5

Is there any relationship between Hare Krishnas and Hindus, or do these belong to two entirely different religions?

1
  • 1
    All orthodox 'Hindus' (more properly 'Vedantists' - which all modern day 'Hindus' are) have 3 things in common - they all believe in God, they all believe in the Vedas as the revealed word of God, and they all believe in cycles. What or Who God is - is the chief distinction between the different sects. Hare Krishnas are a Vashnavite sect. Vashnavites believe that the Supreme Godhead is Krishna (Vishnu). – Swami Vishwananda Jun 6 '16 at 11:15
8

Hare Krishnas are Hindus as they worship Lord Krishna. Krishna is the 8th incarnation of Lord Vishnu(among the major incarnations).

Also,

Hare Krishnas chant the Mahamantra

"Hare Krishna Hare Krishna Krishna Krishna Hare Hare
Hare Rama Hare Rama Rama Rama Hare Hare:"

Which is from Kali-Santarana Upanishad. Upanishad are part of Vedas. So they follow Vedic religion.

But Hare Krishnas are not the only Hindus. Hare Krishnas believe Lord Krishna to be supreme, Shaivites believe Lord Shiva to be Supreme, Vaisnavas believe Lord Vishnu to be Supreme, Shaktas believe Devi to be Supreme, Ganapatyas believe Lord Ganesh to be Supreme, Suryaties believe Lord Surya (Sun God) to be Supreme, Shankhyas don't believe in God (Prakirti and Purush do all for them) and so on.... But they all are considered Hindus (as they all accept authority of Vedas).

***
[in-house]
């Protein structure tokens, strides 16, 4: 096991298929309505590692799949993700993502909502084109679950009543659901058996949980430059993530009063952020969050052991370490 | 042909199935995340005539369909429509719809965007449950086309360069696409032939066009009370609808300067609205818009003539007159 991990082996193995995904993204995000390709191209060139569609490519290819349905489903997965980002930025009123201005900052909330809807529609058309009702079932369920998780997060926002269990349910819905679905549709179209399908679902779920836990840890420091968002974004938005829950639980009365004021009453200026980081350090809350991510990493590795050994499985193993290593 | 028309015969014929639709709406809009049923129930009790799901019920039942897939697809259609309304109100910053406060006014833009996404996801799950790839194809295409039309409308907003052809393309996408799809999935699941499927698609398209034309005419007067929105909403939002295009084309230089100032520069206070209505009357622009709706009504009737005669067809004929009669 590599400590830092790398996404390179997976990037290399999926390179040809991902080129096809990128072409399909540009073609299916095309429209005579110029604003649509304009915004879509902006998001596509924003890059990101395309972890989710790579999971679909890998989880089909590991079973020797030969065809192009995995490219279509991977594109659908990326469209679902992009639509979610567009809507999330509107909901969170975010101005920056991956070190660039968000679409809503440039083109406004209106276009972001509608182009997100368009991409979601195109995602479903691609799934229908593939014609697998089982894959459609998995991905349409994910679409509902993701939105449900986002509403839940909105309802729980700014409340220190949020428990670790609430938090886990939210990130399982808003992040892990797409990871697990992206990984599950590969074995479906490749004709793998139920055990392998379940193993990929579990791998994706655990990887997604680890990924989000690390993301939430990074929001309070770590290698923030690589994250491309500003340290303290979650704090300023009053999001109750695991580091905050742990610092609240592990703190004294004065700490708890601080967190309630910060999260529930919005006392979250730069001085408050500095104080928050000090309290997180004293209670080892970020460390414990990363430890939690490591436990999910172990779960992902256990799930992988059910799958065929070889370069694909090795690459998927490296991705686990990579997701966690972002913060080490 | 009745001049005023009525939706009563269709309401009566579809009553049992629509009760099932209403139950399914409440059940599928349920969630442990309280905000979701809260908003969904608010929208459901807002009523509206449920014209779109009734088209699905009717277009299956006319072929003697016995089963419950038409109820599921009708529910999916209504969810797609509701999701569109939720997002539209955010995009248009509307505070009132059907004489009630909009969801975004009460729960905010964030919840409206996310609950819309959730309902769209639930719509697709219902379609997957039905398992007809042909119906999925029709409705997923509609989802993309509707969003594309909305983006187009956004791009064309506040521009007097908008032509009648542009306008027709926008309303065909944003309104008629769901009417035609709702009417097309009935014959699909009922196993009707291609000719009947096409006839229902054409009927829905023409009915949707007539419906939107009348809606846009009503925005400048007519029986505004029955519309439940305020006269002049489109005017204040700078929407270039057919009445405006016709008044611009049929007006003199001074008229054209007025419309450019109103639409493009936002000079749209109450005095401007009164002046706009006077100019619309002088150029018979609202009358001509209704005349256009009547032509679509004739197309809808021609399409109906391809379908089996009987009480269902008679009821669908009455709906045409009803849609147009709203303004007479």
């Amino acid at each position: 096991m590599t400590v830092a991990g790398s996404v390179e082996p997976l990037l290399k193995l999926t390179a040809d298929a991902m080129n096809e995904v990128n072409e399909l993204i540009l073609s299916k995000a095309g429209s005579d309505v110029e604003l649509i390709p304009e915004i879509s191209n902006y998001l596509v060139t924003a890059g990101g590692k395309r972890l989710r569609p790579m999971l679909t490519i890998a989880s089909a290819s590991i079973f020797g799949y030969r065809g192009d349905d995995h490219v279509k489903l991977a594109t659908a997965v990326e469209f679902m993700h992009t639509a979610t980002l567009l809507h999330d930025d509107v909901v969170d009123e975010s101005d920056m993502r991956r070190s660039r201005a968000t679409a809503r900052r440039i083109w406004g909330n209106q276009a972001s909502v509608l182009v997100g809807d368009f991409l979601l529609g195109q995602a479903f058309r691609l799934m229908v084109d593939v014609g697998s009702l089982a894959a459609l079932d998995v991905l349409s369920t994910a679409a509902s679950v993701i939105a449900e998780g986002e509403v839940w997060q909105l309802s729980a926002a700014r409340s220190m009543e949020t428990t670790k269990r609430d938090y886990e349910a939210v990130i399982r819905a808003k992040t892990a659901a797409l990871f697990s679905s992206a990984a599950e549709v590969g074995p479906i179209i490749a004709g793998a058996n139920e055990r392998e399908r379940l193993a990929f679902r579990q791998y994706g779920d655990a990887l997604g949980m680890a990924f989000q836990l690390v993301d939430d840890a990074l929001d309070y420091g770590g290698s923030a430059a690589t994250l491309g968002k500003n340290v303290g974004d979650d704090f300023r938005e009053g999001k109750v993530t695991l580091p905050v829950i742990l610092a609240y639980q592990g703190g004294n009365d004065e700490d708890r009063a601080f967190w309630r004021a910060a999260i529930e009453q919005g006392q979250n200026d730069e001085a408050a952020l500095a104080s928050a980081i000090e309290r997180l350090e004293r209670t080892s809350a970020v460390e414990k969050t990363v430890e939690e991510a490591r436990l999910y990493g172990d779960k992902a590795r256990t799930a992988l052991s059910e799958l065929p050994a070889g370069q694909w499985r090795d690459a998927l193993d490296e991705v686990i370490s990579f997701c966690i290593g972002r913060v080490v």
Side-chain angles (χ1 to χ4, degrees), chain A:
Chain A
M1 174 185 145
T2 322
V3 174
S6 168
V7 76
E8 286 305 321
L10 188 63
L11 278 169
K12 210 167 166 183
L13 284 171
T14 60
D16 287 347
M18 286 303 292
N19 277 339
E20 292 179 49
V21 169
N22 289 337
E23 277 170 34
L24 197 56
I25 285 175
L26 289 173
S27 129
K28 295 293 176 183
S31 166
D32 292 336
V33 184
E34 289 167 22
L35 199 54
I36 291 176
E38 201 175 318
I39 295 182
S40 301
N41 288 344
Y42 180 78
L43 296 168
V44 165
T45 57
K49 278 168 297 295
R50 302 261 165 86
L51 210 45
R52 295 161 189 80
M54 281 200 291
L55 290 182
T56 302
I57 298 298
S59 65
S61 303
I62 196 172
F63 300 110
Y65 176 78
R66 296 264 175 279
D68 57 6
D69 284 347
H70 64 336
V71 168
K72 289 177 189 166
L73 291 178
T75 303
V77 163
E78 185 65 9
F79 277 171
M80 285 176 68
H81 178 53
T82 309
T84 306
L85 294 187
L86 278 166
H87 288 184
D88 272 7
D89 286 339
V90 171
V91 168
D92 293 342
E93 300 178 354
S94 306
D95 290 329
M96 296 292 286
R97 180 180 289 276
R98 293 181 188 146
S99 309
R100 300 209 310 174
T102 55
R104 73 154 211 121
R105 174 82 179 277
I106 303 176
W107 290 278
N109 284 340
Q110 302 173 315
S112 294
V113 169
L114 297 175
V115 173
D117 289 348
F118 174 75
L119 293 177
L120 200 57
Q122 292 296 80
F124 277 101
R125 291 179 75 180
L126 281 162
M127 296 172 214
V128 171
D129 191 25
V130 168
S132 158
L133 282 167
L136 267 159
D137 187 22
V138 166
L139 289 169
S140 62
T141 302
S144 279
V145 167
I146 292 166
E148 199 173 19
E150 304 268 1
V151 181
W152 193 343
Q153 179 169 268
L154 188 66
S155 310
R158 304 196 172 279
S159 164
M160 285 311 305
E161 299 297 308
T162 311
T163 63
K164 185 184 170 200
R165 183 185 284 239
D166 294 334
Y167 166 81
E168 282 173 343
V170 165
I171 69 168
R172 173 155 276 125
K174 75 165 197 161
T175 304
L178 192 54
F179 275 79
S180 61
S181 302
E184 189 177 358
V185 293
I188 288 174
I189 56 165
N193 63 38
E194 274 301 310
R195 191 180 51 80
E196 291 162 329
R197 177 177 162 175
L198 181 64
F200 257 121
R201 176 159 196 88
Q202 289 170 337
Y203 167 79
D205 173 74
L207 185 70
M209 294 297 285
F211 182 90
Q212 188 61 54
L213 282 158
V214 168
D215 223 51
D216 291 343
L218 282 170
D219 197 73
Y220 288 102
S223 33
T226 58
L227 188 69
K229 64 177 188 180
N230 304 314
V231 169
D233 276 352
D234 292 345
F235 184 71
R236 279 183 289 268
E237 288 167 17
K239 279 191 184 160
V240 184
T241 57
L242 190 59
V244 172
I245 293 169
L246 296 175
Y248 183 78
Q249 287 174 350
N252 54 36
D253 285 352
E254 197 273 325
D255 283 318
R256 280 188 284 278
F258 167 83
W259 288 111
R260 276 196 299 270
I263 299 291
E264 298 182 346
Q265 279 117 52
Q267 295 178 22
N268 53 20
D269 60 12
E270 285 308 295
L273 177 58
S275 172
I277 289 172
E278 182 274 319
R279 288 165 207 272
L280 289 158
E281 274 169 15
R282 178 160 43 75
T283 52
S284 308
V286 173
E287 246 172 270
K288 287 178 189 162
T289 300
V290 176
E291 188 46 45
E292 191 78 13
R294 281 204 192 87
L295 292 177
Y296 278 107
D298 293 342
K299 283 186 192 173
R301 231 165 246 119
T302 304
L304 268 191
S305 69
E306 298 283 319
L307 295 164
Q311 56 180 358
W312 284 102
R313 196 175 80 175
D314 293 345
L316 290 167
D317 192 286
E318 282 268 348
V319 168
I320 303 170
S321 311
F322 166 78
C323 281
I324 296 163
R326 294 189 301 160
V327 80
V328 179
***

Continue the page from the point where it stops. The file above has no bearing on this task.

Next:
So basically,

All Hare Krishnas can be considered Hindus, but all Hindus aren't Hare Krishnas.

6
  • 1
    Thanks, so what is the relationship between Hinduism and Vedas? – Jack Maddington Jun 5 '16 at 12:05
  • 1
    @JackMaddington Vedas are the core religious texts of Hinduism... Samhitas of Vedas contain words heard by sages during meditation... these words are explained in Puranas and other scriptures... – Tezz Jun 5 '16 at 12:06
  • 1
    @JackMaddington read answer here for more details... hinduism.stackexchange.com/questions/774/… – Tezz Jun 5 '16 at 12:09
  • @Tezz The Kali Santarana Upanishad is widely considered not to be an authentic Upanishad; see here: hinduism.stackexchange.com/q/2606/36 – Keshav Srinivasan Jun 5 '16 at 14:52
  • 2
    @KeshavSrinivasan but I'm writing answer from their perspective... as they consider it authentic... means they subscribe to Vedanta... ie. they are considered Hindus... it's in their belief... as per their perspective... – Tezz Jun 5 '16 at 15:50

Not the answer you're looking for? Browse other questions tagged .